Developing mobile content: Software to master in 2014

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Nick Williams
Trainer
Acuity Training
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If the future's mobile, someone needs to build some apps. Could this be you and your business? Nick Williams gives us some tips.

Smartphones, tablets and the like are staples in a home nowadays, fuelling the constant and rapid growth in the demand for mobile-specific content. This article attempts to provide a top-level view of some of the available tools, software and frameworks that can help you either get started with or enhance your existing mobile development skills.

Usually with mobile/app development there are either those who feel comfortable deep diving into strings of code or those for whom such hardcore development is a nightmare. Luckily with the variety of tools available on the market in 2014, both parties are now catered for.

Twitter’s Bootstrap

'The most popular front-end framework for developing responsive, mobile projects first on the web' is the tagline. What makes this solution so popular is the ease of use it offers, the speed of development it creates, and its array of tools that suit almost any requirement. The Bootstrap libraries offer a large collection of blocks of code that include JavaScript. This enables you to completely customise your use of the framework to meet your development project needs. All this, without compromising what you can create. An added bonus is that the code is cross-platform compatible.

Since CSS is already built with Less, the styling aspects of design are largely taken care of. Although it is not mandatory, creating page layouts using the platform’s grids can make the work easier.

Emulators and simulators

Emulators and simulators are revered by many in the mobile development world. There are many available that are platform or mobile brand specific like the Sony Ericsson Phonegap Simulator or the Nokia Symbian Emulator. They are excellent for testing, since they let you use a web-based representation of the mobile device you are developing for.

Antenna

'...the authority on enterprise mobility, helping enterprises build and manage mobile apps.'

Antenna’s AMP (Antenna Mobility Platform) is one that has been around for a while but is still widely used for mobile development. Whilst there is a big market for new apps, there is a lot of corporate value to welcoming customers through mobile channels, which is what Antenna specialises in and what makes it a popular solution for enterprises. Although this is certainly a heavy duty platform for development; it is not as self-contained as ones like Bootstrap and still offers ‘one framework. [for] every device’ and CSS pre-processors like Less and Sass.

Kwiksher

Going down a slightly different path; Kwiksher is an Adobe Photoshop CSS plug-in that provides 'software for creative people.' It enables people to create Corona SDK storybook style apps in Photoshop compatible with iOS and Android without any coding knowledge. In 2013 they announced their new software called ‘Kut’ which is best seen as a complimentary plug-in since it is not suitable for the creation of apps, but instead used for artwork and imagery for devices. You can still use JavaScript etc. to create the apps but Kut takes care of the graphics.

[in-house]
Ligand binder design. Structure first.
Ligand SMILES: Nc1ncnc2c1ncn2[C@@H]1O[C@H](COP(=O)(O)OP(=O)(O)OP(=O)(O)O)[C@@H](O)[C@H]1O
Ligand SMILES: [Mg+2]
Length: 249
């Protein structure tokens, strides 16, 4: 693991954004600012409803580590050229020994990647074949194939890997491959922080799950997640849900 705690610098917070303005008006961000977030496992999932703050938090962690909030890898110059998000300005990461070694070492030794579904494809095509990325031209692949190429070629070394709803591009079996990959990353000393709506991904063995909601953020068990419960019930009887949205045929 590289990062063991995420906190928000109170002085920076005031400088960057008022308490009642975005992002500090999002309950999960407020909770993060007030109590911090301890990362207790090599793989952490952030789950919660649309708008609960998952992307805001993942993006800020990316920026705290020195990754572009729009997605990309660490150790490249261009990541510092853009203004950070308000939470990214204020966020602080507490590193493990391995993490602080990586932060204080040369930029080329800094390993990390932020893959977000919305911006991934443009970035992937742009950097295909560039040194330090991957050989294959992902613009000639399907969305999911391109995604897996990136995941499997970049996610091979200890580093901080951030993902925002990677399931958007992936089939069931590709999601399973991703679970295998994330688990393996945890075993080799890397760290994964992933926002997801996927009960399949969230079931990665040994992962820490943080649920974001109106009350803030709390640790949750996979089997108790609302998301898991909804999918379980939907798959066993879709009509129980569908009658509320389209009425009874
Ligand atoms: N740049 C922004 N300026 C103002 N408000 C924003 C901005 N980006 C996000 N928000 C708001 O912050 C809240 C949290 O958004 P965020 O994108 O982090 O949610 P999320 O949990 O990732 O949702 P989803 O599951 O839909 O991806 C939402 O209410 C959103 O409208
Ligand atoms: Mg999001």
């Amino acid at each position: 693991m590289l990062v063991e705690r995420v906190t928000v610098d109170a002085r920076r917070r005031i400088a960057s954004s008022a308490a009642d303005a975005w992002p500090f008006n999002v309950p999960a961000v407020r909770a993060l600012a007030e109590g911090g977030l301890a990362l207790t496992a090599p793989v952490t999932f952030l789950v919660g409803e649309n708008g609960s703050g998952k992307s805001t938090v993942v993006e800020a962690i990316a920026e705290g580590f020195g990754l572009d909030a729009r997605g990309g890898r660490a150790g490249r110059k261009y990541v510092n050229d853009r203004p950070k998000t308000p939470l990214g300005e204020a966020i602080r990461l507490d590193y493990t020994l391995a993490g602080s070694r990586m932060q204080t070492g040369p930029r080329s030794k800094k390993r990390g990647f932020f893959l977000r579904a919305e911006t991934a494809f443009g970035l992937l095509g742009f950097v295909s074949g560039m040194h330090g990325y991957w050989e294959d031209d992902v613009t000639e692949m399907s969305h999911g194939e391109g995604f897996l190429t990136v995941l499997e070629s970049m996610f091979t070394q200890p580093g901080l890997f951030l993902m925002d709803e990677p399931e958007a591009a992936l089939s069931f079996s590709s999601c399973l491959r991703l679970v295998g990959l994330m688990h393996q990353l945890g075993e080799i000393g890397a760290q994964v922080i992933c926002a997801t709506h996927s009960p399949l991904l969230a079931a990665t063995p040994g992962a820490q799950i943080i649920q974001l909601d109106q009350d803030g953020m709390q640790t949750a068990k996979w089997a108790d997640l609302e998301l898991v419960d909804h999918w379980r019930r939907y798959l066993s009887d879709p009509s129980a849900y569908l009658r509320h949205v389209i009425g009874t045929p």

ZURB Foundation

The most advanced responsive front-end framework in the world.

Responsive design is a daily part of any mobile developer’s vocabulary and this is ZURB’s primary focus. It enables rapid prototyping but the trade-off is that is has a less comprehensive array of controls that other platforms offer. It boasts fluid grids, a modular set of powerful UI tools and excellent performance. Foundation also supports a range of browsers and platforms although its CSS is not built with Less, just Sass. Due to their similarities, ZURB Foundation is often compared to Twitter’s Bootstrap but the jury still remains undecided as to which one is the best.

EmberJS

Formally known as AmberJS, EmberJS is a free and open source framework that is suitable for creating apps. At first glance Ember appears simplistic much like solutions such as Backbone. Although it operates much like a library, its focus is on building scalable desktop-like applications. It is certainly not a good choice for beginners as knowledge of coding is a must, especially the MVC code pattern. The price you pay for such a powerful framework is that installation is not as easy as some of the ‘non-coder-friendly’ solutions. It relies on additional libraries so, having jQuery and Handlebars on side is useful.

The choice of mobile development platforms are wide and varied and it can be hard to choose the ‘best’ one. Truth be told, there really is no best one, you need to judge which one is the best for your needs. Without that initial research, you could choose one that simply doesn’t do what you need it to despite it being hugely popular.

Nick Williams works for Acuity Training, who provide hands-on professional training from their two UK offices. Nick works as an assistant on the SQL training courses as well as the majority of technical/development courses.

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